Amanda Vickery
Amanda Vickery is Professor in Early Modern History at Queen Mary, University of London.
Vickery, Amanda
Vickery, Amanda
United States of America
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Description: Gender, Taste, and Material Culture in Britain and North America, 1700–1830
​I​N AUGUST 1799, Dr. Thomas Ferris of the Deanery, Battle, in Sussex, wrote to the London wallpaper and decorating firm Trollope and Sons, having seen some paper at the architect-designed mansion of a local friend...
Author
John Styles (Editor), Amanda Vickery (Editor)
PublisherYale Center for British Art
PublisherPaul Mellon Centre
Description: Gender, Taste, and Material Culture in Britain and North America, 1700–1830
HISTORIES OF MATERIAL LIFE have boomed over the last decade. Books about commodities—nutmeg, salt, aniline dyes, cod, porcelain, glass—have repeatedly appeared on best-seller lists.Giles Milton, Nathaniel’s Nutmeg: How One Mans Courage Changed the Course of History (London: Hodder & Stoughton, 1999); Mark Kurlansky, Salt: A World History (New York: Walker, 2002); Simon Garfield, Mauve: How One Man Invented a Colour That Changed the World (London: Faber and Faber, 2000); Kurlansky, Cod: A Biography of the Fish That Changed the World (London: Cape, 1998); Janet Gleeson, The Arcanum: The Extraordinary True Story of the Invention of European Porcelain (London: Bantam, 1998); Alan Macfarlane and Gerry Martin, The Glass Bathyscaphe (London: Profile, 2002). Academic research into fields as far apart as Renaissance art history and twentieth-century urban geography have been transformed by investigations that employ the notion of consumption as their conceptual point of...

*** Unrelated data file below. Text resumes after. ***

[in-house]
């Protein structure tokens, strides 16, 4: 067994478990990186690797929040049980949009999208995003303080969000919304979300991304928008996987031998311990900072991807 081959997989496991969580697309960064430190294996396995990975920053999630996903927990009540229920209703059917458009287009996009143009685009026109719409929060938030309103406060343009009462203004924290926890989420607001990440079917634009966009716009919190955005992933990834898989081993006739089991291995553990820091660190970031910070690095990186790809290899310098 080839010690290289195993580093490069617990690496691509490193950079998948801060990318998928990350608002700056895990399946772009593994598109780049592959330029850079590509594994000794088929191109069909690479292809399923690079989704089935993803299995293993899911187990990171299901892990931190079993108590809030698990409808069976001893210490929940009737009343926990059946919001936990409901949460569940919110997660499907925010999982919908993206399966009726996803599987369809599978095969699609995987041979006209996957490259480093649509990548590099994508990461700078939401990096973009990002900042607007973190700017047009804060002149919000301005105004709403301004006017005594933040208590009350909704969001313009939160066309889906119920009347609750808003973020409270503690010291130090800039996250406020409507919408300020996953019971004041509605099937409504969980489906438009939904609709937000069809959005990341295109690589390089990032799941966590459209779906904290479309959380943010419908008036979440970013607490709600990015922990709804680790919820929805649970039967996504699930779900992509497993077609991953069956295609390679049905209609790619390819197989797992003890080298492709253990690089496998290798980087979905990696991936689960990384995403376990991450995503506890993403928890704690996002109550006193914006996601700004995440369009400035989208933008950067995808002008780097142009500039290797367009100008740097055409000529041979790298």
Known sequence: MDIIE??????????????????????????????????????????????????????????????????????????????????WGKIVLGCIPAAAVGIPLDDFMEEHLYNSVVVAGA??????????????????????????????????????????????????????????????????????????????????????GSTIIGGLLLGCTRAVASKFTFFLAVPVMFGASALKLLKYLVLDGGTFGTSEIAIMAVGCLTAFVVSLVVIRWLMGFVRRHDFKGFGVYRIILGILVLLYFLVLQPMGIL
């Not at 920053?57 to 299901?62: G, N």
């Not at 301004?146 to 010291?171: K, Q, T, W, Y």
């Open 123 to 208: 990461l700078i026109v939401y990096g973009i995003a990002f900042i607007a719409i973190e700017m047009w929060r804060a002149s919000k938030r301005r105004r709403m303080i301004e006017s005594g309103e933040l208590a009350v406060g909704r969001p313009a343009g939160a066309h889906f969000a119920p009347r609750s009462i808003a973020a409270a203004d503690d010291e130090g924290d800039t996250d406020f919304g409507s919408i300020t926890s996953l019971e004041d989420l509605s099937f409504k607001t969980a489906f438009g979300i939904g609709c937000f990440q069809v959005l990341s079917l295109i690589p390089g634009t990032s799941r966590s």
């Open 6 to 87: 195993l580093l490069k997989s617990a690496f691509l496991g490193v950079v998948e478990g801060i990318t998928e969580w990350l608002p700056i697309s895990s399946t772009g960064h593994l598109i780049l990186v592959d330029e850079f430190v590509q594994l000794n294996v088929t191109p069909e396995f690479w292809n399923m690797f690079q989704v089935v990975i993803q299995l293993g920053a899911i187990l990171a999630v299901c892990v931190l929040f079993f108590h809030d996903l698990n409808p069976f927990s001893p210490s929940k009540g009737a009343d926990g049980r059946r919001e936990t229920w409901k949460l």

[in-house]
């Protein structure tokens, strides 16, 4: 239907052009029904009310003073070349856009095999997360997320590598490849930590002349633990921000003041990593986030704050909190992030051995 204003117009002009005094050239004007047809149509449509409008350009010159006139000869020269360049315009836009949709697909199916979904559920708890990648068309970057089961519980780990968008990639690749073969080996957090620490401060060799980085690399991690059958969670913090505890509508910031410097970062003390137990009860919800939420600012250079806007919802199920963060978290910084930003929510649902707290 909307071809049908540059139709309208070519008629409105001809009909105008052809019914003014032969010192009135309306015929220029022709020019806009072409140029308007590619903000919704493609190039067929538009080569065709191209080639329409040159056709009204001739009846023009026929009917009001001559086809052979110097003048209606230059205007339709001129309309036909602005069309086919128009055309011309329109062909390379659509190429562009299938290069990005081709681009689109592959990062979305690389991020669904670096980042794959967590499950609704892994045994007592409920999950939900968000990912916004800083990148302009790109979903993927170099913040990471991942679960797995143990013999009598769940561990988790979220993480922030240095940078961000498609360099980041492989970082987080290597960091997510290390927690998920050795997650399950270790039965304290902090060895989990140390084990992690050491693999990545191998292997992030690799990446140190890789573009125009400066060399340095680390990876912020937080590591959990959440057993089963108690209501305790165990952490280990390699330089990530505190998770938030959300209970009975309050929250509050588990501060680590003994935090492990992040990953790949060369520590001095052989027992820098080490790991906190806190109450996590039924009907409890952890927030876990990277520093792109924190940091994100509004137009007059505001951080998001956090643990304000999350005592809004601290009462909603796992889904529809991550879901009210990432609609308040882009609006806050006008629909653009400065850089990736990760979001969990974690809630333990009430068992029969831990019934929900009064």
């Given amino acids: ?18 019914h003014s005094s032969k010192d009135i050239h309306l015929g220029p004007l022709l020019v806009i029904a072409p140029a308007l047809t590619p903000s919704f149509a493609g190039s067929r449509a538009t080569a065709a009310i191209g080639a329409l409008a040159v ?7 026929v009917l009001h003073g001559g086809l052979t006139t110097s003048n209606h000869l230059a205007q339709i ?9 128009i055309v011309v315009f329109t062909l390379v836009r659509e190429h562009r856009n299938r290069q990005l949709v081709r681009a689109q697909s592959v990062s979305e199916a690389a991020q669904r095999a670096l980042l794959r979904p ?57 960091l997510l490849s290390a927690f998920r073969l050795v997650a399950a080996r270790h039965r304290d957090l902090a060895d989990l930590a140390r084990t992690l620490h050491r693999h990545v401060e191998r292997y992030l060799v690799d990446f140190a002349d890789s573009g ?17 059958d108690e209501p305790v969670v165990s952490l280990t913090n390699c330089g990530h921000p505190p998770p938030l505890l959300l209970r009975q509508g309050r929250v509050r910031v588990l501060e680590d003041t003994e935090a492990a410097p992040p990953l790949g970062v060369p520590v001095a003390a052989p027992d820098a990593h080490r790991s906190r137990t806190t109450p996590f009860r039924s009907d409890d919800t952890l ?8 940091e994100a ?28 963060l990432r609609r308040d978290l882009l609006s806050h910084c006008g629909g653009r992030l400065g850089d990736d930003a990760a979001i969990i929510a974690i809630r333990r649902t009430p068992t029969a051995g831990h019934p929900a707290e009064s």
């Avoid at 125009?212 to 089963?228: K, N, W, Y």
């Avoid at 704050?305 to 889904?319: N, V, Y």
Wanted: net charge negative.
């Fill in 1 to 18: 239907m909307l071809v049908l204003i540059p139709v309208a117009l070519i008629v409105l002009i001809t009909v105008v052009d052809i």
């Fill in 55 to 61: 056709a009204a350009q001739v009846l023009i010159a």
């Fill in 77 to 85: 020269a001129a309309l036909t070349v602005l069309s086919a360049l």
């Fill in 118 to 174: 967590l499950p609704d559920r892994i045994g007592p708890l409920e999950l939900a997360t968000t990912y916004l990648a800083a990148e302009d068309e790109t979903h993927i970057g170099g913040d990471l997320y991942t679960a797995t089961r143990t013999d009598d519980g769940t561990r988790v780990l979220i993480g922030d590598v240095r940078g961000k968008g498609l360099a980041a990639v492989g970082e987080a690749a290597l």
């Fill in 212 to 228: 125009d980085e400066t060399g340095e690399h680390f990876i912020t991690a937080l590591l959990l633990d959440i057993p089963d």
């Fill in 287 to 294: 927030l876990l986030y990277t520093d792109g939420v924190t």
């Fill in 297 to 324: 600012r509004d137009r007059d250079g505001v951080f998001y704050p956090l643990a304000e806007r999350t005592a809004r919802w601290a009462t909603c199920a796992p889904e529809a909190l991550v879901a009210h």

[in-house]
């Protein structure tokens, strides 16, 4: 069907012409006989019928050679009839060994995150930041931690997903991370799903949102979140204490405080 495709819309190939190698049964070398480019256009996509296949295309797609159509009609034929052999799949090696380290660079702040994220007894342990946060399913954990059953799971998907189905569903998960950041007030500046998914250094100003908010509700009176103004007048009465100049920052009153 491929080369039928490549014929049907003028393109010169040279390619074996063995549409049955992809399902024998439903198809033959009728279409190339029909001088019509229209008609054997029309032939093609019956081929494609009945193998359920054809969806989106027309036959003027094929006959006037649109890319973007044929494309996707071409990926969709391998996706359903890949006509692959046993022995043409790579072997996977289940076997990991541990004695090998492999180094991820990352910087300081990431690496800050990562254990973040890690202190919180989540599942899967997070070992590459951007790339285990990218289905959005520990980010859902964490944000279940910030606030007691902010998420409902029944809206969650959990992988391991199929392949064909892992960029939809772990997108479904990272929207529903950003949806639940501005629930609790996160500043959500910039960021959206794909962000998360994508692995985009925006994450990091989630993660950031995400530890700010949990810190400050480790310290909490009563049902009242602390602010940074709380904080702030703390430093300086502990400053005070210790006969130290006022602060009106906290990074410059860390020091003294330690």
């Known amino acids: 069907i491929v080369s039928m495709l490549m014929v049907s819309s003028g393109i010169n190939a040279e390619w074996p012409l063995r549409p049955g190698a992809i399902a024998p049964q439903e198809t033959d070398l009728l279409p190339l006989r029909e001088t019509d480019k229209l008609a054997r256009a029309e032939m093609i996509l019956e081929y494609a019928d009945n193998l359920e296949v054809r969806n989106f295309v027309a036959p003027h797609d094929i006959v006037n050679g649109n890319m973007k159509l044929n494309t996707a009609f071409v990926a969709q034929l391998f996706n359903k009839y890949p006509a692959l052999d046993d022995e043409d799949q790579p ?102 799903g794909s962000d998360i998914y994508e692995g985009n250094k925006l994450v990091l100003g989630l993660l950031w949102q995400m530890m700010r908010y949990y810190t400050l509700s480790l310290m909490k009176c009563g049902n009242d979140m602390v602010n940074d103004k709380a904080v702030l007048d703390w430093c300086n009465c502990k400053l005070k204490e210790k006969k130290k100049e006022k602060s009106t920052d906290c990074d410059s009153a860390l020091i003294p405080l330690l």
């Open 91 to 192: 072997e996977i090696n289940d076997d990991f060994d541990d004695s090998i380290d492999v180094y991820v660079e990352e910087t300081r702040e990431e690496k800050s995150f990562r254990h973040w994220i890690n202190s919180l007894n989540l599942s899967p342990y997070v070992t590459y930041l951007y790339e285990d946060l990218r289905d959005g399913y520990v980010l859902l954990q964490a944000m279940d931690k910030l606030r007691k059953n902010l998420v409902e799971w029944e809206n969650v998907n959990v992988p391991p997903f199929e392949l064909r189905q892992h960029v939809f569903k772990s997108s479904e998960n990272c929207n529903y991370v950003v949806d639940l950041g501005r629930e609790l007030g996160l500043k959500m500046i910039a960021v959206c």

Author
John Styles (Editor), Amanda Vickery (Editor)
PublisherYale Center for British Art
PublisherPaul Mellon Centre
Description: Gender, Taste, and Material Culture in Britain and North America, 1700–1830
John Styles (Editor), Amanda Vickery (Editor)
Between 1700 and 1830, men and women in the English-speaking territories framing the Atlantic gained unprecedented access to material things. The British Atlantic was an empire of goods, held together not just by political authority and a common language, but by a shared material culture nourished by constant flows of commodities. Diets expanded to include exotic luxuries such as tea and sugar, the fruits of mercantile and colonial expansion. Homes were furnished with novel goods, like clocks and earthenware teapots, the products of British industrial ingenuity. This groundbreaking book compares these developments in Britain and North America, bringing together a multi-disciplinary group of scholars to consider basic questions about women, men, and objects in these regions. In asking who did the shopping, how things were used, and why they became the subject of political dispute, the essays show the profound significance of everyday objects in the eighteenth-century Atlantic world.

*This eBook is available exclusively on the A&AePortal*
Author
John Styles (Editor), Amanda Vickery (Editor)
Print publication date February 2007 (out of print)
Print ISBN 9780300116595
EISBN 9780300256710
Illustrations 89
Print Status out of print
Description: Mrs. Delany and Her Circle
The gentlewoman Mary Delany is familiar to any student of the decorative arts, since she combined a diverse art practice with voluminous opinionated correspondence. For all her familiarity, however, Delany is worth revisiting, for as a...
Author
PublisherYale Center for British Art
PublisherYale University Press